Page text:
Sunday, 24 January 2010

on elephants

Taken from Random Acts of Heroic Love:

“Elephants live to seventy, reach adulthood at twenty and socialize in groups. When an elephant dies in the wild, the other members of the herd will stand over the corpse for days mourning. In one case over a hundred elephants stood vigil over a dead elephant. One of them tried to pick it up and stand it on its feet nearly sixty times before eventually giving up. Sometimes they will cover the body with leaves and branches. Eventually with visible signs of distress they will leave the corpse but they often return over the following days to pay their respects. One female elephant was observed leaving the herd and walking thirty miles to visit the bones of a recently departed mate. Whenever elephants pass the place where another elephant dies they will stop and stand in silence for long periods. They might pick up the bones affectionately and hug them as if mourning the loss. In a zoo in India a female elephant watched her cage mate die while giving birth to a stillborn calf. She stood stock still for a long time until her legs eventually gave way. For three weeks she lay in one spot with her trunk curled up, her ears drooping and her eyes moist. No matter how hard they tried her keepers could not persuade her to eat. They watched her slowly starve herself to death.”

-Danny Scheinmann

Tuesday, 12 January 2010

"Don't Just Like"

A blackberry ad I came across and liked/(loved?) that builds on my last post...

“Don’t just like.”
Like is watered-down love.
Like is mediocre.
Like is the wishy-washy emotion of the content.
Athletes don’t do it for the like of a sport.
Artists don’t suffer for the like of art.
There is no I Like N.Y. t-shirt.
And Romeo didn’t just like Juliet.

LOVE. Now that’s powerful stuff.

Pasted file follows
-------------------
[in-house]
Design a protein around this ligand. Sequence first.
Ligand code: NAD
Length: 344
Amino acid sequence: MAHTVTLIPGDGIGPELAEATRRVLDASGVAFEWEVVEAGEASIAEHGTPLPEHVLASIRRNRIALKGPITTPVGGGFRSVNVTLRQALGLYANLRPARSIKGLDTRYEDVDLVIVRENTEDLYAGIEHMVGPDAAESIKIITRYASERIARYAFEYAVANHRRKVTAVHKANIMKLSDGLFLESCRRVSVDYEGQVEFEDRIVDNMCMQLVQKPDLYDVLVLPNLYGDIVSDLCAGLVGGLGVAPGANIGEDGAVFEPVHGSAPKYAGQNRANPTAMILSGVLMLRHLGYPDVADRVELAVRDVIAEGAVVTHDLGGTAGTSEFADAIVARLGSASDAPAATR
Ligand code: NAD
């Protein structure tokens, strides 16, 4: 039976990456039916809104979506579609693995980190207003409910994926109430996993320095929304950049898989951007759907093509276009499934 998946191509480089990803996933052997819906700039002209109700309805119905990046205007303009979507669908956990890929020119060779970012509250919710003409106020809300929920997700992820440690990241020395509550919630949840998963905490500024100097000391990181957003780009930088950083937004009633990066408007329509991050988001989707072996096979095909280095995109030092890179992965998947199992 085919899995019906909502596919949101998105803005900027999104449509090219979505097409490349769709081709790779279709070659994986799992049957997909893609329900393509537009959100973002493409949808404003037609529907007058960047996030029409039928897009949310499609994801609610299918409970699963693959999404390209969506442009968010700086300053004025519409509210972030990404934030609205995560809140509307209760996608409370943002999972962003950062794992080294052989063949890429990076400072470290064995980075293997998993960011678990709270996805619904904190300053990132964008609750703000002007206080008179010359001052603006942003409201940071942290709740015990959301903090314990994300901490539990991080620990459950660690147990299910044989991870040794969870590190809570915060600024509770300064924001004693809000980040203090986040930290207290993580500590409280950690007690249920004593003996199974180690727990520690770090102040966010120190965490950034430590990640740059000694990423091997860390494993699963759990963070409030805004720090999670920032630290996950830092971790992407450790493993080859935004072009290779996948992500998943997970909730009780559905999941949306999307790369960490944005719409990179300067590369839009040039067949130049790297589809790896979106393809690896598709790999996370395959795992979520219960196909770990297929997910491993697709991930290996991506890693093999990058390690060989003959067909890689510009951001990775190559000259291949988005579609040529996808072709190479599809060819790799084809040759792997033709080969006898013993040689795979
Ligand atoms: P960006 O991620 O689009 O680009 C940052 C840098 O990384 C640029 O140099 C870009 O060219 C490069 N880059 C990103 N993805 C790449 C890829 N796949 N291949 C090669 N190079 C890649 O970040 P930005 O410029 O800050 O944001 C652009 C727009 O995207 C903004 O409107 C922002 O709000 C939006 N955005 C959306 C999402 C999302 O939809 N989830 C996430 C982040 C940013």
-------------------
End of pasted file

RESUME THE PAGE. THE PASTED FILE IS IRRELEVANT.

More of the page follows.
Love changes things.
Upsets things.
Conquers things.
Love is at the root of everything good that has ever happened, and will ever happen.
LOVE what you do.

Saturday, 9 January 2010


TM is a source of inspiration, not in the way he teaches or his ability to teach, but in his passion for the subject that he teaches. Out of my class of 15, only 8 are present for his final lecture in a series of classes. Not that my class has an amazing attendance track record, but TM’s teaching style definitely contributes to the lack of motivation to attend class. Often, as I look up at him and around at the class, I know at times he is talking to himself, fascinated by whatever it is he is presenting. The class is either preparing for another class, taking notes that are basically just words on a paper with no coherence, googling directions for a place they must be after class, checking email behind their laptop screens, practicing writing with their left hands, or simply daydreaming. While TM may not be able to teach to the class’s level or whatever it is the class requires, thus making the class less than a phenomenal one, one cannot leave without admiring his passion—something so many people lack. I find that people do things half-heartedly, and so TM is a breath of fresh air in a sense that he can be so engrossed and excited about a topic that he has spent years studying.